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Collective punishment for Palestinians

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Yesterday’s attack on a Tel Aviv restaurant has had far reaching consequences for Palestinians, who only two days ago began observing the holy month of Ramadan. The attack, in which four Israeli’s were allegedly killed by two Palestinians, resulted in the denial of access of Palestinians to Masjid Al-Aqsa, as well as the closure of the West Bank and the Gaza Strip. While Israeli authorities have described the closures as ‘security measures’, Palestinians say that the closures will not prevent future attacks, but are instead calling for a political solution.

In light of the attacks, the Co-ordination of Government Activities in the Territories (COGAT) said that 83 000 Palestinians would be affected. It added that hundreds Gazan residents, who had received permits to visit relatives and holy sites during Ramadan, would also be denied access to Al-Aqsa.

Freelance Palestinian Journalist, Mohamed Daraghmeh, explained that following the attack the atmosphere within the Palestinian territories is one of frustration, as Israeli regulations continue to tighten.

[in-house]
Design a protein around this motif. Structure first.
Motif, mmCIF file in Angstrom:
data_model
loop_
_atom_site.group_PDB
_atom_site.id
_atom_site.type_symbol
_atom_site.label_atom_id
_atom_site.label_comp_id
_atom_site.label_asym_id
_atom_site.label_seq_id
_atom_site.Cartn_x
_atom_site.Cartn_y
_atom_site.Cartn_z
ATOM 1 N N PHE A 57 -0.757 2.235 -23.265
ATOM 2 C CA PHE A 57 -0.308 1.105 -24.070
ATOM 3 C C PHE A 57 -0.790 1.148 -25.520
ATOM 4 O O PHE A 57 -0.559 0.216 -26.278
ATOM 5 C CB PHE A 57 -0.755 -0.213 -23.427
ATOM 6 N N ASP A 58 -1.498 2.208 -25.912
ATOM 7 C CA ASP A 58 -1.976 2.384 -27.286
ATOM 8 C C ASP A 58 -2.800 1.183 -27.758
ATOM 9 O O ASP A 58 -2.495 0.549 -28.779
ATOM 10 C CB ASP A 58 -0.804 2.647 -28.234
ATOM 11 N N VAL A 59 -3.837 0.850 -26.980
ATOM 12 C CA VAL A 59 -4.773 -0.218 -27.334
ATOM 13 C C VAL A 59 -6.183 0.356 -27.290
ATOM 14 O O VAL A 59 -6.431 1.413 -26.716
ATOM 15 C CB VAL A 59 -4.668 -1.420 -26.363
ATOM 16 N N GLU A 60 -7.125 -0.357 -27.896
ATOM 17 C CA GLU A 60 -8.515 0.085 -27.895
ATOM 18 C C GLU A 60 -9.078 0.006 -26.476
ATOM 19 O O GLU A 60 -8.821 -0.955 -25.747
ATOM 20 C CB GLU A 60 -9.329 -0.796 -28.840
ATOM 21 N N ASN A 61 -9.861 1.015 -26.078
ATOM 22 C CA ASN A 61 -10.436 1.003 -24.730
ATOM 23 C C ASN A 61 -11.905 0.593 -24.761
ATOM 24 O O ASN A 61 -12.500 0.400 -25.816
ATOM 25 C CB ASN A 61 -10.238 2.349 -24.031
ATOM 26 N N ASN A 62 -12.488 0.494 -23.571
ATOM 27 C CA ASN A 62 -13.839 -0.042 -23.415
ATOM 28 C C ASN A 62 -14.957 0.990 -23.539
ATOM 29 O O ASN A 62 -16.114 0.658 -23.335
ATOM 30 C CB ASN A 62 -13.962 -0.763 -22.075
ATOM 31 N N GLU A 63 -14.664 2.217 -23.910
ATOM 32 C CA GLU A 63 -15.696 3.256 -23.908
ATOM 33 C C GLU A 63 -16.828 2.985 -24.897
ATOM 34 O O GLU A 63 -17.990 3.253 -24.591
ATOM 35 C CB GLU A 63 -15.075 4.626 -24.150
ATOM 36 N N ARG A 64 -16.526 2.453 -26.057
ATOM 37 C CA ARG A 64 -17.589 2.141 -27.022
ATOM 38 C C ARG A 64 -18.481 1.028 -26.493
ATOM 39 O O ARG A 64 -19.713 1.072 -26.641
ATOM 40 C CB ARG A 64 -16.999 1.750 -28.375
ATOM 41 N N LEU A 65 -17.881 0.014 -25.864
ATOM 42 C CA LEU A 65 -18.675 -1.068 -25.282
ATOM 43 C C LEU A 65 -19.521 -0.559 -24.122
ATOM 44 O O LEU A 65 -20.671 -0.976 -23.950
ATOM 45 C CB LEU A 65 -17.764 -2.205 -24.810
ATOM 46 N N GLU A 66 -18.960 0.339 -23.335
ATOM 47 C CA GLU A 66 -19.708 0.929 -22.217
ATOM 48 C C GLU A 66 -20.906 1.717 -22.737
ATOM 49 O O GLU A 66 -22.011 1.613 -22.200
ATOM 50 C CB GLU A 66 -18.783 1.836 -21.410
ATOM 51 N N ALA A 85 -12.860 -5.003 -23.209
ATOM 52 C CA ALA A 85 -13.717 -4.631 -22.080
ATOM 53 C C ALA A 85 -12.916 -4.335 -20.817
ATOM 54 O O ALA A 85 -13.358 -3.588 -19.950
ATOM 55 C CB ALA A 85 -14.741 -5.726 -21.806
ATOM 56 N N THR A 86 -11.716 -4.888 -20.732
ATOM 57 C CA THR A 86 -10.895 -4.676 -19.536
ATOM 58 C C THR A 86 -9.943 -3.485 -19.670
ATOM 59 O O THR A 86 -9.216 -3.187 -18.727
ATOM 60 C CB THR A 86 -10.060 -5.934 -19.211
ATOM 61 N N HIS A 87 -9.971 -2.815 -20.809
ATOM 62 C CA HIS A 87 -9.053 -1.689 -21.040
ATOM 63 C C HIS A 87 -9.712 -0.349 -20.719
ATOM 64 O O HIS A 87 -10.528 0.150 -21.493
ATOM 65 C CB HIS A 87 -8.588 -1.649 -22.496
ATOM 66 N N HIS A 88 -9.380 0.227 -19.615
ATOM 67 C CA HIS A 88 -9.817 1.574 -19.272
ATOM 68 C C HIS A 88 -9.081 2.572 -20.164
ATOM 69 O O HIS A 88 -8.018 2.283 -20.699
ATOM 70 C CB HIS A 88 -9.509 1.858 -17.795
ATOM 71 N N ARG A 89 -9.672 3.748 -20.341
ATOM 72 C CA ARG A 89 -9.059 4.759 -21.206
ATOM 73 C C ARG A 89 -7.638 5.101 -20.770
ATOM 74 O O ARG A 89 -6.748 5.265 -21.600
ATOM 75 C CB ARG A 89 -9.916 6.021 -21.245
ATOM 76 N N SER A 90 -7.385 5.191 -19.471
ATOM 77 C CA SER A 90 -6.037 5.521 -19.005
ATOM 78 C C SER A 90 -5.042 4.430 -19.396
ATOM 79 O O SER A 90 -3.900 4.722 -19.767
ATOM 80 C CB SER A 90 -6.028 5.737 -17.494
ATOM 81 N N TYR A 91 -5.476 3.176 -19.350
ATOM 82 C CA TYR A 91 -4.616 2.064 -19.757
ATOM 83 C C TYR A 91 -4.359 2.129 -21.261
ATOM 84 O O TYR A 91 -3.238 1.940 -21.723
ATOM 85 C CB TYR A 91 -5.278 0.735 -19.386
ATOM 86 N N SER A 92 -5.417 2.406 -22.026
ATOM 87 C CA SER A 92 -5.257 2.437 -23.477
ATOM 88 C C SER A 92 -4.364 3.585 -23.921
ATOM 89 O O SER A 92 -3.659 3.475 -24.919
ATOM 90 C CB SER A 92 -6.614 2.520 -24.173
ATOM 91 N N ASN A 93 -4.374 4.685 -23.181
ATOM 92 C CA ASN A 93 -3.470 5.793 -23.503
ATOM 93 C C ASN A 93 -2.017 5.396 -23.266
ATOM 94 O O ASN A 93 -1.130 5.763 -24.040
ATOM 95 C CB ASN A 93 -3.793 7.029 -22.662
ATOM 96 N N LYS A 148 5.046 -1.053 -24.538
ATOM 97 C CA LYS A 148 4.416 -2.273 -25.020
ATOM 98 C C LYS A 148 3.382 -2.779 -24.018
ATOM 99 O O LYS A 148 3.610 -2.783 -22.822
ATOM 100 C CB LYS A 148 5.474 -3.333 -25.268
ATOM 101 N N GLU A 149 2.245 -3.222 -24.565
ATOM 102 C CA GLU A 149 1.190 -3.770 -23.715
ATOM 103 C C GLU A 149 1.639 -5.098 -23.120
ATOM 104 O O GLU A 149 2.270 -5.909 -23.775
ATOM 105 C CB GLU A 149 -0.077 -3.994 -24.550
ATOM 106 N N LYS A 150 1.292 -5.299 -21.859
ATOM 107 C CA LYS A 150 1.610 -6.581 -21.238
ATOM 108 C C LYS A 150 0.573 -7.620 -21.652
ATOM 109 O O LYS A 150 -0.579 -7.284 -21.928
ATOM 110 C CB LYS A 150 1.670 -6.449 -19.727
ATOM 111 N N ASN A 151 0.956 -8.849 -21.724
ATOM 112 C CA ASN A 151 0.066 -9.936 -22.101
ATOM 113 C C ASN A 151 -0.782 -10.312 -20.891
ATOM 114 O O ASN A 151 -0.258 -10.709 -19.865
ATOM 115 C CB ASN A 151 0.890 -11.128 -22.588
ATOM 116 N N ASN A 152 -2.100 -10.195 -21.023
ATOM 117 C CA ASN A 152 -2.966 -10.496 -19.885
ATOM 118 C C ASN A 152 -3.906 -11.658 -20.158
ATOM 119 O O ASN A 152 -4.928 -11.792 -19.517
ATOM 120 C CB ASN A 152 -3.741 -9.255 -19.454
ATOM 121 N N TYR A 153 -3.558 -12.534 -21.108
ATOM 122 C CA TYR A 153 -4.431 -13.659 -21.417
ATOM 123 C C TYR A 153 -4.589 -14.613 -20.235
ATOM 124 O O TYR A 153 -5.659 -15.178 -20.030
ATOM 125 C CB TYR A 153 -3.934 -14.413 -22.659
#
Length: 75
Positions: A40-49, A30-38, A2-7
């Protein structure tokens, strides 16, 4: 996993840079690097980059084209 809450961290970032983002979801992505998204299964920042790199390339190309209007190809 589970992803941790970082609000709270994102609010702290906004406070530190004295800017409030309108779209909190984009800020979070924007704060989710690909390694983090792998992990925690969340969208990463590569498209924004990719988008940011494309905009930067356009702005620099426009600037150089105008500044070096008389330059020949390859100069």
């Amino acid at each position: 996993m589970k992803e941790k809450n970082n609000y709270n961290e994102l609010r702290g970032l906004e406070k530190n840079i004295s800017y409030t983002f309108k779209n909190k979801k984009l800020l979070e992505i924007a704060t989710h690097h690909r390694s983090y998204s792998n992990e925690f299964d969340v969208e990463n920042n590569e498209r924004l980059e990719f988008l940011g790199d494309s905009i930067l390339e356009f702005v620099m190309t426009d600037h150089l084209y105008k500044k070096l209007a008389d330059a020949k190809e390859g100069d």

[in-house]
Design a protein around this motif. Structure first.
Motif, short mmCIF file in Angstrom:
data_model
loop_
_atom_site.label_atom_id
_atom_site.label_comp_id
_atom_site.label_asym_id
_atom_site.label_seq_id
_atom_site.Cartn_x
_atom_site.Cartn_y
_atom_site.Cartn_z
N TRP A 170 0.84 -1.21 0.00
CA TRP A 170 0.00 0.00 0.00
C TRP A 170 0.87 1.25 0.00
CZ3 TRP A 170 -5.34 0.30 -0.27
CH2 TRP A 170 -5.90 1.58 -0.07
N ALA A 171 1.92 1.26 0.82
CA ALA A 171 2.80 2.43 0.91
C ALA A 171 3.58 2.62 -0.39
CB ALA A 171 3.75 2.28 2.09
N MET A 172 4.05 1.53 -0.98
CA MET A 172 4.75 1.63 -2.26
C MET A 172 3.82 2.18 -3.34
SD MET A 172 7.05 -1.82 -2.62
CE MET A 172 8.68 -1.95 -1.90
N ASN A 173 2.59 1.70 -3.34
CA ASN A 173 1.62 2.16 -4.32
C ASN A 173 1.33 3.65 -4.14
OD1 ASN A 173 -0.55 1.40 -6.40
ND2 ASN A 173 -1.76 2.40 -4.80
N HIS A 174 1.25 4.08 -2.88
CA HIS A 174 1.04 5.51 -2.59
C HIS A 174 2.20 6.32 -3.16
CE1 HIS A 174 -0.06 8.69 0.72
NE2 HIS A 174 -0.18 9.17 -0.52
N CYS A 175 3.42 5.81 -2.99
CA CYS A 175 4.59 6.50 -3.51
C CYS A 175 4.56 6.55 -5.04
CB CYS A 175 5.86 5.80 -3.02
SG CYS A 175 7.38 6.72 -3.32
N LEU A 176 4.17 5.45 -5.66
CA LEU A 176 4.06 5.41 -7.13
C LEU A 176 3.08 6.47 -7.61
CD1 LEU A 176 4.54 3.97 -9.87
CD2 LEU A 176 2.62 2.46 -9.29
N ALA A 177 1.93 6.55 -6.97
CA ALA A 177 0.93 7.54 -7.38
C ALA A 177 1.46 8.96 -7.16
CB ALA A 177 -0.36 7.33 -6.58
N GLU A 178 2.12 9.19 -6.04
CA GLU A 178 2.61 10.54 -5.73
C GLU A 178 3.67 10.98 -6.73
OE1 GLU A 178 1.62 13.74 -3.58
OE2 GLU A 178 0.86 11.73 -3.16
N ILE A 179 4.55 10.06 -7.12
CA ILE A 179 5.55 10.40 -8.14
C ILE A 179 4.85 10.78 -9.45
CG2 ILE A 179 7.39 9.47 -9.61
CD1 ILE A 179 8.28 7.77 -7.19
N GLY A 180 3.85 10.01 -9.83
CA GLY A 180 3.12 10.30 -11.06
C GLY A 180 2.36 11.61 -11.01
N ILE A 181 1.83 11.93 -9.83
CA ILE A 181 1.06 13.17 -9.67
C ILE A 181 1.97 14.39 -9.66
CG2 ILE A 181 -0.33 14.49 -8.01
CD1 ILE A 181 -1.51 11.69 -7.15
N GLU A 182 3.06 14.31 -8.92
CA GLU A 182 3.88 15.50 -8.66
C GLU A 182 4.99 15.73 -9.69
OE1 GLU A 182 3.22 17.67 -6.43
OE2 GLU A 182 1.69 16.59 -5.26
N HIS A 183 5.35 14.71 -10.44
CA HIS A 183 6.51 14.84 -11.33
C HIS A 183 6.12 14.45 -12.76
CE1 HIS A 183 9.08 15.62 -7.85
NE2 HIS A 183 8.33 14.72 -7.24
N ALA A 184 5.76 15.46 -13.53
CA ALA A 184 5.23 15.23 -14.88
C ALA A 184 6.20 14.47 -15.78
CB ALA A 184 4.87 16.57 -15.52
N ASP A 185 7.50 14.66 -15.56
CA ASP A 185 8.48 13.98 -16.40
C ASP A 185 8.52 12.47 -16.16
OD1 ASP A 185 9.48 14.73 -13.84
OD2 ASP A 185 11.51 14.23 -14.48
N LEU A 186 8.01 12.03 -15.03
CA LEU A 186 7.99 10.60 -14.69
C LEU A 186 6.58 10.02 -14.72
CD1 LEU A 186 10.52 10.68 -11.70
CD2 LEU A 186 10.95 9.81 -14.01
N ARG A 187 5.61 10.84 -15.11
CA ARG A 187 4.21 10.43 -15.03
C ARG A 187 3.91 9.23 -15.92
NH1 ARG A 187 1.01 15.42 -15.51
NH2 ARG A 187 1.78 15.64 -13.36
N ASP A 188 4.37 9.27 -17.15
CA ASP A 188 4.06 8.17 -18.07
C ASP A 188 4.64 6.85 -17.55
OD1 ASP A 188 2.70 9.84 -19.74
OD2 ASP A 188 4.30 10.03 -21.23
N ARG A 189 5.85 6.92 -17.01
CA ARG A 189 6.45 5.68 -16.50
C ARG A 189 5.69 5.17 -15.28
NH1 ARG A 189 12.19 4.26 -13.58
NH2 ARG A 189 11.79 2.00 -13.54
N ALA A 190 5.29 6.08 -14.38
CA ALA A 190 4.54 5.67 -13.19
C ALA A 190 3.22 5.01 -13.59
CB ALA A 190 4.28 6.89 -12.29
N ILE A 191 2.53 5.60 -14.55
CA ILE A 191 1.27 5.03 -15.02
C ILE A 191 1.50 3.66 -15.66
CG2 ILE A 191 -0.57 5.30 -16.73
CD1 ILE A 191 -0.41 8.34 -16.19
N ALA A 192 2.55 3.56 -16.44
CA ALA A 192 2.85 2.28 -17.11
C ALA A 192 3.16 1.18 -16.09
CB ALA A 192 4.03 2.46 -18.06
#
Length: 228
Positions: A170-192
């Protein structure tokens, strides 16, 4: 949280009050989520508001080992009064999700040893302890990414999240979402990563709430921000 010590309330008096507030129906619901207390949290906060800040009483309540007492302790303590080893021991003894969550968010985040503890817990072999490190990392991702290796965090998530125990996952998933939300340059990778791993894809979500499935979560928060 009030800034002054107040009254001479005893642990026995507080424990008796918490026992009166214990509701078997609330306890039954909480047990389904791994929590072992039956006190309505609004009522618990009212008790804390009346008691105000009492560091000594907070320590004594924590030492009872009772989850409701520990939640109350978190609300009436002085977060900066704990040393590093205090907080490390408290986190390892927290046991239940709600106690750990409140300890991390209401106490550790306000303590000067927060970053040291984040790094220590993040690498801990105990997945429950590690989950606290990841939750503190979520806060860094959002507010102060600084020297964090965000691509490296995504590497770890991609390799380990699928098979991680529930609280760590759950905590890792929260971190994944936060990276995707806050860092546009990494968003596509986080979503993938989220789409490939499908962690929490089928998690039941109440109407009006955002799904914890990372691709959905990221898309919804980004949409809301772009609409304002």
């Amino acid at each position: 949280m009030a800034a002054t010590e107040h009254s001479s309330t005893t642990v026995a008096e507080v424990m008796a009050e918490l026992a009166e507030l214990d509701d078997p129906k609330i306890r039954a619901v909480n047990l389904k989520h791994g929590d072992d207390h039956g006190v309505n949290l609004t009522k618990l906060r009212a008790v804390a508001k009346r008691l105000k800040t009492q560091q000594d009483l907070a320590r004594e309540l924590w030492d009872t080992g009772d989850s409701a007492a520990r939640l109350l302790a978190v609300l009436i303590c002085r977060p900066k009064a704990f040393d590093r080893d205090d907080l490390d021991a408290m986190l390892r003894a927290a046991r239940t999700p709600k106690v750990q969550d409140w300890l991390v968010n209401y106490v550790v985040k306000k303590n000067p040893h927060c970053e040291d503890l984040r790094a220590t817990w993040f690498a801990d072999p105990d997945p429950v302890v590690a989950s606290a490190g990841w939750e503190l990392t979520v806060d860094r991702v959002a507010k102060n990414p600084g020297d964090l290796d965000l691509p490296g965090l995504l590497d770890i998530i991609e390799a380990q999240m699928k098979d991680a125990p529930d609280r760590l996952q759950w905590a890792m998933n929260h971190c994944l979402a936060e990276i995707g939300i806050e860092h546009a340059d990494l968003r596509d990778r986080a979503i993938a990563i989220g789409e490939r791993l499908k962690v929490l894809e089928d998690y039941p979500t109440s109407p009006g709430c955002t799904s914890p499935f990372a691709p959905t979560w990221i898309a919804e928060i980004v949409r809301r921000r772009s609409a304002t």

While the decision to close Jerusalem to Palestinians has always been adopted by Israel, Daraghmeh said Israeli journalists and writers have now voiced concern that the methods employed by Israeli authorities only fuel the already intensified conflict.

“We can’t freely travel”

Daraghmeh explained that one of the restrictions that are a constant reminder of the occupation is the restriction of movement, which Israeli authorities have for decades controlled.

Palestinians are, therefore, forced to undergo daily scrutiny at check points when going about their daily lives.

As Ramadan annually sees hundreds of Palestinians descent on the compound of Masjid Al-Aqsa hoping to gain entry, in recent years outbreaks of clashes between Palestinians and Israeli soldiers have resulted in the sporadic denial of access.

“Israeli authorities have allowed the entry of females over 45 years old and males over 50 to the compound.”

He further noted while the Israeli government says that the security measures are a means to protect Israeli citizens, the closures only create an environment that encourages the upsurge of conflict.

“People will now find more reason to take action and struggle against the Israeli occupation, since the current uprising did not come out of nowhere – it is as a result of the continued occupation of Palestinians,” he added.

Daraghmeh said that the new generation of Palestinians has shown defiance in the face of the restrictive regulations, a stance he notes has not gone unnoticed by Israeli authorities.

In recent years, the conflict between the two peoples has received considerable international attention, with supporters of both sides calling for an end to the conflict.

Meanwhile, on Friday the families of the Israeli victims who died in yesterday’s shootings were laid to rest, with the families receiving an outpour of international support.

VOC


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